A veterinarian will start by taking a detailed case history, focusing on the description of the animals seizures, their frequency and duration, and the animals behavior between seizures. Ideally the seizure should be videotaped by the owner, and then shown to the veterinarian. It is important to differentiate a proper seizure from other causes of collapse such as an episode of syncope (where the heart misses several beats), narcolepsy or weakness due to another neurological problem (e.g. myasthenia gravis). Features of the description which indicate a seizure are:

1. Tonic (increased muscle tone) and clonic (jerky) muscle movements
2. Loss of consciousness (though not always)
3. Increased salivation
4. Spontaneous urination or defaecation

The veterinarian will then conduct a full clinical examination, followed by a more specific neurological examination. Blood will then be taken for full hematology and biochemistry profiles. A fasting blood glucose is useful to rule out hypoglycaemia, which is a frequent cause of seizures in dogs less than 6 months old and dogs with an insulinoma, an insulin secreting pancreatic tumor. If liver enzymes are raised, a further liver function test (bile acid stimulation) may be done. Blood lead levels should be measured in animals that may have had access to lead containing materials.

Xrays of the chest and abdomen are sometimes performed to check for any other significant disease, and fecal analysis is recommended in puppies with seizures as heavy parasite burdens have been implicated.

If all of the above tests are normal, and no disease outside the brain has been detected, many animals will be diagnosed with epilepsy as further tests are of the expensive variety. If further tests for intracranial (within the brain) disease are to be performed, cerebrospinal fluid (CSF) analysis is the first step. CSF is tested for the presence of viral (e.g. Canine Distemper, Rabies), bacterial, fungal (e.g. Cryptococcus) and protozoal (e.g. Toxoplasmosis) infections. Electroencephalography (EEG) is useful for diagnosing malformations present since birth, such as hydrocephalus. Brain tumors are often only able to be diagnosed by advanced imaging techniques such as Computed Tomography (CT) Scanning or Magnetic Resonance Imaging (MRI). These must be done under general anesthesia as the animal must be completely motionless during the scan.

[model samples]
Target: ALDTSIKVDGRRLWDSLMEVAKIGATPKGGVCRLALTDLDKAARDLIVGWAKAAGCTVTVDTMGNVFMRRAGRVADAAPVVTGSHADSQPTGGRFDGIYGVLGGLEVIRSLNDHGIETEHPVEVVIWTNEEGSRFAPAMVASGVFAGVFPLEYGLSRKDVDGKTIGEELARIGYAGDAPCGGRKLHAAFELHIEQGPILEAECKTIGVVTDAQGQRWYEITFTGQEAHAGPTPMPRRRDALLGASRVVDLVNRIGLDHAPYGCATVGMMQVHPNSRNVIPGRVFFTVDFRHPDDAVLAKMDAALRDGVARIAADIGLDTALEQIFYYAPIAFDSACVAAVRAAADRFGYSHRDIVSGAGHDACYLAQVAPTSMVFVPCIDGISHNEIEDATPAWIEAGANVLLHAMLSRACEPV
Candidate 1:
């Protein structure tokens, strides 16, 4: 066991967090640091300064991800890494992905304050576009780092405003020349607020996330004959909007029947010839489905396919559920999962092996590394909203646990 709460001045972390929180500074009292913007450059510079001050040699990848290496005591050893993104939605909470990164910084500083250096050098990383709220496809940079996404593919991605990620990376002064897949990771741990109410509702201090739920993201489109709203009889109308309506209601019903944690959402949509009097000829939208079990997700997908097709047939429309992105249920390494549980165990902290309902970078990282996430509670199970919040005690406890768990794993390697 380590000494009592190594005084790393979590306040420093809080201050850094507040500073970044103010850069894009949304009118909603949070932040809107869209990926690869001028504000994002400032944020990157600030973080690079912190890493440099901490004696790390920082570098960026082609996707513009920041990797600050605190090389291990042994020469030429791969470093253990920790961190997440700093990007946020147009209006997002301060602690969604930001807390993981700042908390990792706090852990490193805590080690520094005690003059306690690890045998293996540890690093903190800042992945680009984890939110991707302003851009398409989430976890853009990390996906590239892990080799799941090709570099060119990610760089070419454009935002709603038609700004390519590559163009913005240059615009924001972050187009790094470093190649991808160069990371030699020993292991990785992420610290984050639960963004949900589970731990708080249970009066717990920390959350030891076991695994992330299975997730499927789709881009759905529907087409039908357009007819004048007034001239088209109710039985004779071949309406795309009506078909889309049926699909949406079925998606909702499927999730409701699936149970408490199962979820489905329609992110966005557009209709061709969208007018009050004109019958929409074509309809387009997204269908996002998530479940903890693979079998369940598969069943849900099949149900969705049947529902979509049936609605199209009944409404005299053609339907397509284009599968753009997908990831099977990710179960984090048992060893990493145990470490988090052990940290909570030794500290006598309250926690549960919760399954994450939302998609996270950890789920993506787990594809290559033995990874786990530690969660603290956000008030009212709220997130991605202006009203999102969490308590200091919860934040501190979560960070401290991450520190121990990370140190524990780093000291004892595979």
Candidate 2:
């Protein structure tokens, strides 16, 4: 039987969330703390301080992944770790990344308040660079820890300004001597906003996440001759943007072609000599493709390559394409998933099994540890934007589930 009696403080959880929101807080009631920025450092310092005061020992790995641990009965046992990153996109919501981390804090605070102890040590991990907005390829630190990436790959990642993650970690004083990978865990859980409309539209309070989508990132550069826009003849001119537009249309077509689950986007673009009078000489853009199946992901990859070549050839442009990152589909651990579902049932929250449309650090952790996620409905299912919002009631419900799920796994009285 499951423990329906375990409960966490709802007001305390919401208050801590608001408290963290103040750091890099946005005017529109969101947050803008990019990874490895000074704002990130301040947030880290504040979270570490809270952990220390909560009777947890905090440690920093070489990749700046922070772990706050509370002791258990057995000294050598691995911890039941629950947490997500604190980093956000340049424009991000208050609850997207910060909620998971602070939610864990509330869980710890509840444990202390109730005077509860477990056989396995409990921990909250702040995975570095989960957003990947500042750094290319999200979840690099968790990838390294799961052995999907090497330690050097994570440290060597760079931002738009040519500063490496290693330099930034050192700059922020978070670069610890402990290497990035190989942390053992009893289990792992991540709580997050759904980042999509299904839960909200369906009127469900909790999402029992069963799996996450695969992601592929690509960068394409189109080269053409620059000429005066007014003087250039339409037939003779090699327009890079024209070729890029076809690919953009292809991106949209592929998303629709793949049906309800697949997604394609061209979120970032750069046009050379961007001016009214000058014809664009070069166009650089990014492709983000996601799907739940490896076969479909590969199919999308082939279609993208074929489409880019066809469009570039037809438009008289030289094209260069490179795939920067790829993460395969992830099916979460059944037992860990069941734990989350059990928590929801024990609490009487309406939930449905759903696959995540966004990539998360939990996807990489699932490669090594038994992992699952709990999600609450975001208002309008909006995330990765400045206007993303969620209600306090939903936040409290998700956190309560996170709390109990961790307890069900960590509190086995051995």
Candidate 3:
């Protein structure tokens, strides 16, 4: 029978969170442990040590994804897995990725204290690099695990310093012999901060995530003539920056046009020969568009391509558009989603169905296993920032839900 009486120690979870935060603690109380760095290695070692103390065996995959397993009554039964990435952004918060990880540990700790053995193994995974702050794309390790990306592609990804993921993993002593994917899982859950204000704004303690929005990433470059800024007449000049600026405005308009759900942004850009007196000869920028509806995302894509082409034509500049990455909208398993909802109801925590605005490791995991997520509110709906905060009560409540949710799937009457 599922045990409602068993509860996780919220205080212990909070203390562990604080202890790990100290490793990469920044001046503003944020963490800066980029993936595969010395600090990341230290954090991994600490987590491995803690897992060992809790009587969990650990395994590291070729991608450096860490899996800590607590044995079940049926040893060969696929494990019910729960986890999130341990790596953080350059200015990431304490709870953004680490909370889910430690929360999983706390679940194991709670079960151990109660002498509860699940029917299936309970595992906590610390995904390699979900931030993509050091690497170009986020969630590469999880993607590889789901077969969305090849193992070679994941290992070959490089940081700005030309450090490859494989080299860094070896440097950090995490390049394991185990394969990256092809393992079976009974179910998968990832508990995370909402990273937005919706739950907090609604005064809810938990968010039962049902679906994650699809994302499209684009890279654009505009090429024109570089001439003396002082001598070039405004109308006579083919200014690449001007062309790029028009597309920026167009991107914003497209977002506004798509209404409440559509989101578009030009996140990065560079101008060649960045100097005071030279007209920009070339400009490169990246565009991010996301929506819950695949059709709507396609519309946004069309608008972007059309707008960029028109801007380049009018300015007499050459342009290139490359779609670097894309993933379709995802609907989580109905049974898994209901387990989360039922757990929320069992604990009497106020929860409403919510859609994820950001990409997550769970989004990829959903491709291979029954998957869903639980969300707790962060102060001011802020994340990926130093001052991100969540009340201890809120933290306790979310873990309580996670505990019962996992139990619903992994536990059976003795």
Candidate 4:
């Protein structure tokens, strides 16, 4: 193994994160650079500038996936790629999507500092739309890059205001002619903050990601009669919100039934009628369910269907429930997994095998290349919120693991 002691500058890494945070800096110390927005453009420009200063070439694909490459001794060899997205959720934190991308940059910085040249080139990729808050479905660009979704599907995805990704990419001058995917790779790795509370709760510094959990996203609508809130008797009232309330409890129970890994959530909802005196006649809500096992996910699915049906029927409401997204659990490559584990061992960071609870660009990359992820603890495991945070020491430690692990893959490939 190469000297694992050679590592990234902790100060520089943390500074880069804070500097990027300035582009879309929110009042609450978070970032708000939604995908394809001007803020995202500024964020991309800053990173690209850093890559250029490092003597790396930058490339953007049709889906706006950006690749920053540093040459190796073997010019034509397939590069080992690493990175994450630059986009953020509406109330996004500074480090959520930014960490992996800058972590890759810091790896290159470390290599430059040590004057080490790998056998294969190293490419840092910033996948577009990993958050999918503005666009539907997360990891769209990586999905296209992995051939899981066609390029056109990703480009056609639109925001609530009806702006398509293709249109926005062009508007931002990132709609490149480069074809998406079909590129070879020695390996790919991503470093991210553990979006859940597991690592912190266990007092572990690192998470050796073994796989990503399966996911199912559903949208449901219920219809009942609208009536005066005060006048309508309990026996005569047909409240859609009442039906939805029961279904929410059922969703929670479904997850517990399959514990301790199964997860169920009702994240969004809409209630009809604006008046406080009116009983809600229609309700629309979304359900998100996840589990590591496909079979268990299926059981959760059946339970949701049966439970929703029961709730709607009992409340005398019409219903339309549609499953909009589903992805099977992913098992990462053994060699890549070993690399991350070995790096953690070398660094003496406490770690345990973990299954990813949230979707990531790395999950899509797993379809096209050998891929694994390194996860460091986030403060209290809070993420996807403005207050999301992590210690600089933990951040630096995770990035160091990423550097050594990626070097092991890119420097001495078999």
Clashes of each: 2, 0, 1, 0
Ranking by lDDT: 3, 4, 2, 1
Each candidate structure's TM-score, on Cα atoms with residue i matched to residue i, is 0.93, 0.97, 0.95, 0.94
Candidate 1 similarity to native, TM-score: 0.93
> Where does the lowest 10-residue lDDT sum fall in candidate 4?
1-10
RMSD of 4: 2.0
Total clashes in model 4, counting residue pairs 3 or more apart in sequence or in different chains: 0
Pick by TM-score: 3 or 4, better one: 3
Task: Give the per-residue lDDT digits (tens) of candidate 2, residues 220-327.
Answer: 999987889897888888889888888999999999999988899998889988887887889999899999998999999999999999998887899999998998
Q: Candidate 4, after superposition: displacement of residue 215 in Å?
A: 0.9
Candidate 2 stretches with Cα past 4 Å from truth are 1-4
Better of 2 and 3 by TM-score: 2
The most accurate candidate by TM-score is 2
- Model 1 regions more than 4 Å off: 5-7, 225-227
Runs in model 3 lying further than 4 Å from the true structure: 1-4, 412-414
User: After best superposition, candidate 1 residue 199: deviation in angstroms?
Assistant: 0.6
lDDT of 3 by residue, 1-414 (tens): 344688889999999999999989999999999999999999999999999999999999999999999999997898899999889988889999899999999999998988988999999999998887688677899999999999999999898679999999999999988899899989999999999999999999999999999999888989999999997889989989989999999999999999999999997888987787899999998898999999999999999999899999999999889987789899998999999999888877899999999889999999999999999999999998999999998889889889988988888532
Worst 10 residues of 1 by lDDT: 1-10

Treatment of Epilepsy

Once a tentative diagnosis of epilepsy has been made (by excluding all the other known causes of seizures), the animal can be prescribed anticonvulsant drugs. These drugs are not appropriate for animals with seizures caused by a problem outside the brain. The overall goal of anticonvulsant therapy is to eradicate all seizure activity, but this is rarely achieved. Most pets benefit from anticonvulsant drugs by reducing the frequency, severity and duration of their seizures. A more realistic goal is to reduce the frequency of the seizures to a level that is acceptable for the owner, without having negative side effects for the animal. A minority of animals require such high doses of anticonvulsant drugs to suppress their seizures that the adverse effects caused by it outweigh the benefits.